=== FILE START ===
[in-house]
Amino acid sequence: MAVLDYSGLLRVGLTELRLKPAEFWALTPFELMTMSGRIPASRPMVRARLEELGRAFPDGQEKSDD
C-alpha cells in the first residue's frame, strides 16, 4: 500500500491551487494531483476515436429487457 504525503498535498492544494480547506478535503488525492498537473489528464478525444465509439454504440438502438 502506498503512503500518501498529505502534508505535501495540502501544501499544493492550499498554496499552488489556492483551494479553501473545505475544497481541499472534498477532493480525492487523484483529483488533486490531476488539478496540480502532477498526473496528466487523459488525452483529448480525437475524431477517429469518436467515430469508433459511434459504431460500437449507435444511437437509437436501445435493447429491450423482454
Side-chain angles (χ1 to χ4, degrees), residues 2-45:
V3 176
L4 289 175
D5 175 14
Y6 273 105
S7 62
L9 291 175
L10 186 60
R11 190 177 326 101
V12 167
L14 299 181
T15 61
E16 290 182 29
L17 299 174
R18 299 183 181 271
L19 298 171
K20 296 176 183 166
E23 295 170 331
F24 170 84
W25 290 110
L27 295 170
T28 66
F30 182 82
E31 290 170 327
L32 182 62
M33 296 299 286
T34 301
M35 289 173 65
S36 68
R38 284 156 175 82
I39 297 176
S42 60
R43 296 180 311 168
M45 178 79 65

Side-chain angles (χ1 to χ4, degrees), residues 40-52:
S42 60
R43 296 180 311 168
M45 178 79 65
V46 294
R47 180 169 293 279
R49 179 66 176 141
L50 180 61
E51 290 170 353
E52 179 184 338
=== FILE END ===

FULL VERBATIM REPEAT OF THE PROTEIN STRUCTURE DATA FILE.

[in-house]
Amino acid sequence: MAVLDYSGLLRVGLTELRLKPAEFWALTPFELMTMSGRIPASRPMVRARLEELGRAFPDGQEKSDD
C-alpha cells in the first residue's frame, strides 16, 4: 500500500491551487494531483476515436429487457 504525503498535498492544494480547506478535503488525492498537473489528464478525444465509439454504440438502438 502506498503512503500518501498529505502534508505535501495540502501544501499544493492550499498554496499552488489556492483551494479553501473545505475544497481541499472534498477532493480525492487523484483529483488533486490531476488539478496540480502532477498526473496528466487523459488525452483529448480525437475524431477517429469518436467515430469508433459511434459504431460500437449507435444511437437509437436501445435493447429491450423482454
Side-chain angles (χ1 to χ4, degrees), residues 2-45:
V3 176
L4 289 175
D5 175 14
Y6 273 105
S7 62
L9 291 175
L10 186 60
R11 190 177 326 101
V12 167
L14 299 181
T15 61
E16 290 182 29
L17 299 174
R18 299 183 181 271
L19 298 171
K20 296 176 183 166
E23 295 170 331
F24 170 84
W25 290 110
L27 295 170
T28 66
F30 182 82
E31 290 170 327
L32 182 62
M33 296 299 286
T34 301
M35 289 173 65
S36 68
R38 284 156 175 82
I39 297 176
S42 60
R43 296 180 311 168
M45 178 79 65

Side-chain angles (χ1 to χ4, degrees), residues 40-52:
S42 60
R43 296 180 311 168
M45 178 79 65
V46 294
R47 180 169 293 279
R49 179 66 176 141
L50 180 61
E51 290 170 353
E52 179 184 338